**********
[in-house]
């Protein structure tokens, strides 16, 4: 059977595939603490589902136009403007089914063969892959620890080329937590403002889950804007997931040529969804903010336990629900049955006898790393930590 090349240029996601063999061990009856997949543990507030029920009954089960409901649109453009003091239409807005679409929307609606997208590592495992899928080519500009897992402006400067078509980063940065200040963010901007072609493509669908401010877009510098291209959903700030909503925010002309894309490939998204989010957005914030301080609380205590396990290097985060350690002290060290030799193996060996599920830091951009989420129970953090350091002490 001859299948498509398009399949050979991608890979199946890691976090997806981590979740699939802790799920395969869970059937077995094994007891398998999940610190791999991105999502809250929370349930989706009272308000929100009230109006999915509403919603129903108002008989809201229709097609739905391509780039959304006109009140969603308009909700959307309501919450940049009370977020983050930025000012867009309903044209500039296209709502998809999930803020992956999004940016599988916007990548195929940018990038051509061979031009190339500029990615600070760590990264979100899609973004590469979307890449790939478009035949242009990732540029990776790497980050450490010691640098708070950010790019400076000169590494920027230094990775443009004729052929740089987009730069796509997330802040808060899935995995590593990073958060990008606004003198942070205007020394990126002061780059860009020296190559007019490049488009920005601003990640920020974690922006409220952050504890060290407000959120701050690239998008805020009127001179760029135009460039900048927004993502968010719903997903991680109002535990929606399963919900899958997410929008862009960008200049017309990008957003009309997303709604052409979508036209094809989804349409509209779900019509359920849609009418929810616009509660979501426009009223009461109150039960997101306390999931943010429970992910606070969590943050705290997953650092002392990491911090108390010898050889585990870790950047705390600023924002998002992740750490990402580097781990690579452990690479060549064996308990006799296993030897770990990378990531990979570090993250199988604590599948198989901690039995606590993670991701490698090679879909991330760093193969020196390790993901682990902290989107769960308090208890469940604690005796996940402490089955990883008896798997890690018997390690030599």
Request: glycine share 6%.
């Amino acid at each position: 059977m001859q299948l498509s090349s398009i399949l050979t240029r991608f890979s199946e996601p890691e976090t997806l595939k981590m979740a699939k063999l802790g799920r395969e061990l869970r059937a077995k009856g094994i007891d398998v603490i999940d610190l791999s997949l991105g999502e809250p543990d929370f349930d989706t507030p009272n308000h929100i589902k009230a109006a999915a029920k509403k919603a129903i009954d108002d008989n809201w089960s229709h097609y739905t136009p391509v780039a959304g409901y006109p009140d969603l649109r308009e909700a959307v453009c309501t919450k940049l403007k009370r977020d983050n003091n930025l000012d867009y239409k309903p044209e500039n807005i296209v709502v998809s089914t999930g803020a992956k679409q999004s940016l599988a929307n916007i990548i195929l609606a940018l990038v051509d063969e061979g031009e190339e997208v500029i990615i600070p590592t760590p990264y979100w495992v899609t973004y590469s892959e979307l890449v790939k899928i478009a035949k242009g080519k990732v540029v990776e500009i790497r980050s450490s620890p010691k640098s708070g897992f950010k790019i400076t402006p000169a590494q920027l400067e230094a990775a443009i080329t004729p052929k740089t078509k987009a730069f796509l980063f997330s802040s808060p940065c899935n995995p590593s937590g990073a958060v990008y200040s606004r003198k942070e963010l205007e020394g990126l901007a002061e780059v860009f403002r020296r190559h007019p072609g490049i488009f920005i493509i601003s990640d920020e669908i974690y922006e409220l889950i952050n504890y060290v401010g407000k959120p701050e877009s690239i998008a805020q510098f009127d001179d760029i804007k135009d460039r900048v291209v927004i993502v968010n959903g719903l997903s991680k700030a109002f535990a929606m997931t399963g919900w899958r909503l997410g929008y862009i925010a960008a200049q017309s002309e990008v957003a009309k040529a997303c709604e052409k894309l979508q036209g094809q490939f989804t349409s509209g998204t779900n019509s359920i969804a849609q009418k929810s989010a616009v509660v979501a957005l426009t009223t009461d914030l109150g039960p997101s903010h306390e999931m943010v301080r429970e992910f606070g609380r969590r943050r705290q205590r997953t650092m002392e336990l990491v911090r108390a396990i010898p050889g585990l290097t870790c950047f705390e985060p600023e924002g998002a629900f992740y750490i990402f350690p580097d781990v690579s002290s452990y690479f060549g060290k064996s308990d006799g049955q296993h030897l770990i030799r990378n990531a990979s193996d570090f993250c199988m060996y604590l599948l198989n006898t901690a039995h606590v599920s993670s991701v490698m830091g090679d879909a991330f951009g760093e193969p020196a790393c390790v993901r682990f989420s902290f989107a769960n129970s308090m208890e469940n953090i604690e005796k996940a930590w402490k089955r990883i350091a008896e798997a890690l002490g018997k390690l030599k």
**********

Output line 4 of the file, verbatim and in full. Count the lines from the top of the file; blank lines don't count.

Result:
């Amino acid at each position: 059977m001859q299948l498509s090349s398009i399949l050979t240029r991608f890979s199946e996601p890691e976090t997806l595939k981590m979740a699939k063999l802790g799920r395969e061990l869970r059937a077995k009856g094994i007891d398998v603490i999940d610190l791999s997949l991105g999502e809250p543990d929370f349930d989706t507030p009272n308000h929100i589902k009230a109006a999915a029920k509403k919603a129903i009954d108002d008989n809201w089960s229709h097609y739905t136009p391509v780039a959304g409901y006109p009140d969603l649109r308009e909700a959307v453009c309501t919450k940049l403007k009370r977020d983050n003091n930025l000012d867009y239409k309903p044209e500039n807005i296209v709502v998809s089914t999930g803020a992956k679409q999004s940016l599988a929307n916007i990548i195929l609606a940018l990038v051509d063969e061979g031009e190339e997208v500029i990615i600070p590592t760590p990264y979100w495992v899609t973004y590469s892959e979307l890449v790939k899928i478009a035949k242009g080519k990732v540029v990776e500009i790497r980050s450490s620890p010691k640098s708070g897992f950010k790019i400076t402006p000169a590494q920027l400067e230094a990775a443009i080329t004729p052929k740089t078509k987009a730069f796509l980063f997330s802040s808060p940065c899935n995995p590593s937590g990073a958060v990008y200040s606004r003198k942070e963010l205007e020394g990126l901007a002061e780059v860009f403002r020296r190559h007019p072609g490049i488009f920005i493509i601003s990640d920020e669908i974690y922006e409220l889950i952050n504890y060290v401010g407000k959120p701050e877009s690239i998008a805020q510098f009127d001179d760029i804007k135009d460039r900048v291209v927004i993502v968010n959903g719903l997903s991680k700030a109002f535990a929606m997931t399963g919900w899958r909503l997410g929008y862009i925010a960008a200049q017309s002309e990008v957003a009309k040529a997303c709604e052409k894309l979508q036209g094809q490939f989804t349409s509209g998204t779900n019509s359920i969804a849609q009418k929810s989010a616009v509660v979501a957005l426009t009223t009461d914030l109150g039960p997101s903010h306390e999931m943010v301080r429970e992910f606070g609380r969590r943050r705290q205590r997953t650092m002392e336990l990491v911090r108390a396990i010898p050889g585990l290097t870790c950047f705390e985060p600023e924002g998002a629900f992740y750490i990402f350690p580097d781990v690579s002290s452990y690479f060549g060290k064996s308990d006799g049955q296993h030897l770990i030799r990378n990531a990979s193996d570090f993250c199988m060996y604590l599948l198989n006898t901690a039995h606590v599920s993670s991701v490698m830091g090679d879909a991330f951009g760093e193969p020196a790393c390790v993901r682990f989420s902290f989107a769960n129970s308090m208890e469940n953090i604690e005796k996940a930590w402490k089955r990883i350091a008896e798997a890690l002490g018997k390690l030599k």